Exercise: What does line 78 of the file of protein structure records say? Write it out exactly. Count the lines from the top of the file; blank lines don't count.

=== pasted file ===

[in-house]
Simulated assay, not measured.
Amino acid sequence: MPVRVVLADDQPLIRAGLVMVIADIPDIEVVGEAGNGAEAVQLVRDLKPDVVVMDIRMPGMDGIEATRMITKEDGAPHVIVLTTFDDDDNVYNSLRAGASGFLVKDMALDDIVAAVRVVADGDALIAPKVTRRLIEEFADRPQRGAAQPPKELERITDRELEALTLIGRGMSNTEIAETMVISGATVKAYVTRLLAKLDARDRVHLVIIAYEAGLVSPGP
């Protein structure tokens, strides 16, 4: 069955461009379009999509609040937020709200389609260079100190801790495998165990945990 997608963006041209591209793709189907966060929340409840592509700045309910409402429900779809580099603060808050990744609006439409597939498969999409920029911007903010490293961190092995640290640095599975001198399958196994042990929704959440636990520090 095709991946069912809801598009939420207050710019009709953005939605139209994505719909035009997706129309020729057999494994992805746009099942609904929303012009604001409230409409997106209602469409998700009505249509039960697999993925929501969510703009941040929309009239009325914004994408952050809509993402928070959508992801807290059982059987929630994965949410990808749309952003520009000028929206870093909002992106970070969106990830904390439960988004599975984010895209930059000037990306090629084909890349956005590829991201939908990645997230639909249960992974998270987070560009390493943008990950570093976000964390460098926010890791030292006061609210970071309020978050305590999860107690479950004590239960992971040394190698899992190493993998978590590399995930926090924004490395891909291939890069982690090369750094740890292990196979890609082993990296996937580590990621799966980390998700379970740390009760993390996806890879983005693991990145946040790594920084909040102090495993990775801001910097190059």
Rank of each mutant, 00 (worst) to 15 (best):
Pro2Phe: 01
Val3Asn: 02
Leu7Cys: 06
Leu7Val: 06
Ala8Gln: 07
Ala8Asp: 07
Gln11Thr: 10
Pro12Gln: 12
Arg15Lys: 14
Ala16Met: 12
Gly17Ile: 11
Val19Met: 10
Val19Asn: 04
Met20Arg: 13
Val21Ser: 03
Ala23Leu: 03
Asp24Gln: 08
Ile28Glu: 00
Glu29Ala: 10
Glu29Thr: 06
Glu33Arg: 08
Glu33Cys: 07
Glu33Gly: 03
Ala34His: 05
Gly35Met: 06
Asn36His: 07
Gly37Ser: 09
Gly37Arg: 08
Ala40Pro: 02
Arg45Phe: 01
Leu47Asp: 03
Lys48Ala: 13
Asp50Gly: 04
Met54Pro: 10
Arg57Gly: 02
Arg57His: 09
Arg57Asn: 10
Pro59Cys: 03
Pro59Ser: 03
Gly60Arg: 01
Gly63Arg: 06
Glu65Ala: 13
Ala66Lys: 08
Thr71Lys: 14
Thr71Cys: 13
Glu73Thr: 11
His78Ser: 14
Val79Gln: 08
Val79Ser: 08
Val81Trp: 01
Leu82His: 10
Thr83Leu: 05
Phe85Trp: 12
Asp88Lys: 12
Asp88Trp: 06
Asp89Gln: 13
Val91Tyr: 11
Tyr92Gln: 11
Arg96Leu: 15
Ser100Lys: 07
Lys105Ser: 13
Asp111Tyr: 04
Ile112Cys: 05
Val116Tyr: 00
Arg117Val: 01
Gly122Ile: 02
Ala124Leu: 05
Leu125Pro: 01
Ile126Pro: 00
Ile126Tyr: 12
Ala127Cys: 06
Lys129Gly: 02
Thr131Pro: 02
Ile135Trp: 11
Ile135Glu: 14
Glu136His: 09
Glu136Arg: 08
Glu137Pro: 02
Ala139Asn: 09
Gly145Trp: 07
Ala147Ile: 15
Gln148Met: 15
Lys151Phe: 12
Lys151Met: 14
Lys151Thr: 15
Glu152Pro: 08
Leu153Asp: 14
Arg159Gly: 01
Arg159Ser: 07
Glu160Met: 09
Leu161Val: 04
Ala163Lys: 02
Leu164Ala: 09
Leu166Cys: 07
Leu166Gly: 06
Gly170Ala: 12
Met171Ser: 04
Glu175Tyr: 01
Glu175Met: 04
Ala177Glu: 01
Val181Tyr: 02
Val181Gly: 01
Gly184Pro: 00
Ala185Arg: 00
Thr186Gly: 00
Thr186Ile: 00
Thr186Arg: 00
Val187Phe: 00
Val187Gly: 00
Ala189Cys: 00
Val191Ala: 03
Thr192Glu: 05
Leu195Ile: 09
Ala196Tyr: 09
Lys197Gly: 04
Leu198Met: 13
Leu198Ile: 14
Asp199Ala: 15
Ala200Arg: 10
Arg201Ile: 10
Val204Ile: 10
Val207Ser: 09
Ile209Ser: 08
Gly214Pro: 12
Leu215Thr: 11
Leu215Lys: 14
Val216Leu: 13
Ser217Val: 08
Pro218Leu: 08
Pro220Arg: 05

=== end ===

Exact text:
Thr131Pro: 02